Ghostly International recording artist Shigeto joins labelmates such as Com Truise and Dauwd for a rare, thrilling night of tastemaker electronic music Friday at 1015 Folsom.
The Detroit-based Zach Saginaw, who grew up with influences including Motown, jazz, hip-hop and techno, mixes them with inviting, melodic, vividly textured electronic music production, accompanied by live drums.
“I’m so, so stoked,” Shigeto says. “I love S.F. I have tons of friends there. It’s an amazing city with amazing food, always a good response, and on top of that, Ghostly showcases are probably some of my favorite shows to play.
We’re all really different but yet we all fit in this weird family called Ghostly. It’s cool and rare when we come together. I’m very, very excited.”
Born and raised in Michigan on Detroit techno, Shigeto, 30, is Saginaw’s middle name.
He began releasing tracks on the label Moodgadget before graduating to influential 13-year-old Michigan record label Ghostly International, where he released his first LP, “The Full Circle,” in 2010.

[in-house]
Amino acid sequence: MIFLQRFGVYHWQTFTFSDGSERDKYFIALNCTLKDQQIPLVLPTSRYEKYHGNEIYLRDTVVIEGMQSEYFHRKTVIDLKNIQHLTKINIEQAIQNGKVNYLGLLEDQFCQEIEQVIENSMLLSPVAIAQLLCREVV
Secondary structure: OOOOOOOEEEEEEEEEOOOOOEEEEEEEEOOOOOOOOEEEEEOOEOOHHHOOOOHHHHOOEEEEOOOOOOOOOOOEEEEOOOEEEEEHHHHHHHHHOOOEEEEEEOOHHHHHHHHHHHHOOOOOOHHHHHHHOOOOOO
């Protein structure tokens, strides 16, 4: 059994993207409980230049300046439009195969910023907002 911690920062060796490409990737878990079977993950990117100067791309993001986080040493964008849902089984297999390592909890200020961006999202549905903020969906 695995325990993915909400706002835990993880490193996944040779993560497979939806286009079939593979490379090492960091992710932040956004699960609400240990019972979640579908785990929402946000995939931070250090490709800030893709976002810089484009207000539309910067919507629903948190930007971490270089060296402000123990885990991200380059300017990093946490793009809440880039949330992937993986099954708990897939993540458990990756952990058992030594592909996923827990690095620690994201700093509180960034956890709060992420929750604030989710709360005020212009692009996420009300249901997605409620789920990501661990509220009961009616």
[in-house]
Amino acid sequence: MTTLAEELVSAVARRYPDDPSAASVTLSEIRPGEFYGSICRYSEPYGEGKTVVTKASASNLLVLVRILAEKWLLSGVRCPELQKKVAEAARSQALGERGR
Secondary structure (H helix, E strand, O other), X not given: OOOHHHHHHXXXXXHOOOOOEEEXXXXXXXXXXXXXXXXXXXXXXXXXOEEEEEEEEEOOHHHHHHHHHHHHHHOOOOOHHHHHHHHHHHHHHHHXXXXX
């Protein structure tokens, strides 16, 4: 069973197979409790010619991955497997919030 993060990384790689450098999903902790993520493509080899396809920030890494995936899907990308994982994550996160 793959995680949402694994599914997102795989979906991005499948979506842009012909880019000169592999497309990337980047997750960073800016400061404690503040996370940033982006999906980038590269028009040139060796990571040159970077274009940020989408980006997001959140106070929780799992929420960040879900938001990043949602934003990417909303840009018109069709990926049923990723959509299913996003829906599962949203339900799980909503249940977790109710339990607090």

Whether listening to his 2012 LP “Lineage,” his “Huron River Drive” remixes or his latest free production, “Beats 4 Dilla,” fans hear Shigeto’s wide influences mixing: warm Fender Rhodes pumping out a melodic progression over crisp, stuttering percussion, some rap verses. To create mostly instrumental music, he uses filters and effects to transform voices into instruments, making breaths and syllables into bass lines and string sections. Part ambient, part dub, part rap, its elements are tied together by an emotionally multidimensional and ever-inviting vibe.
“I want people to feel comfortable. I like music that people can listen to out, but really for me, my music is bedroom headphone music, something you can sit down with a spliff and just listen to, and escape into your own little world.”
In 2013, Shigeto is touring with hit producer Bonobo for a slew of North American dates. In the fall, he plans to release a new LP, “No Better Time Than Now,” on Ghostly. Back in Detroit full time, he’s also making plans for a long career.
“I finally feel that I’m at a point where I’m comfortable, confident and not too worried about the future,” he says. “The last two years have solidified Shigeto as an artist and hopefully I can continue to offer good music and people will consume it.”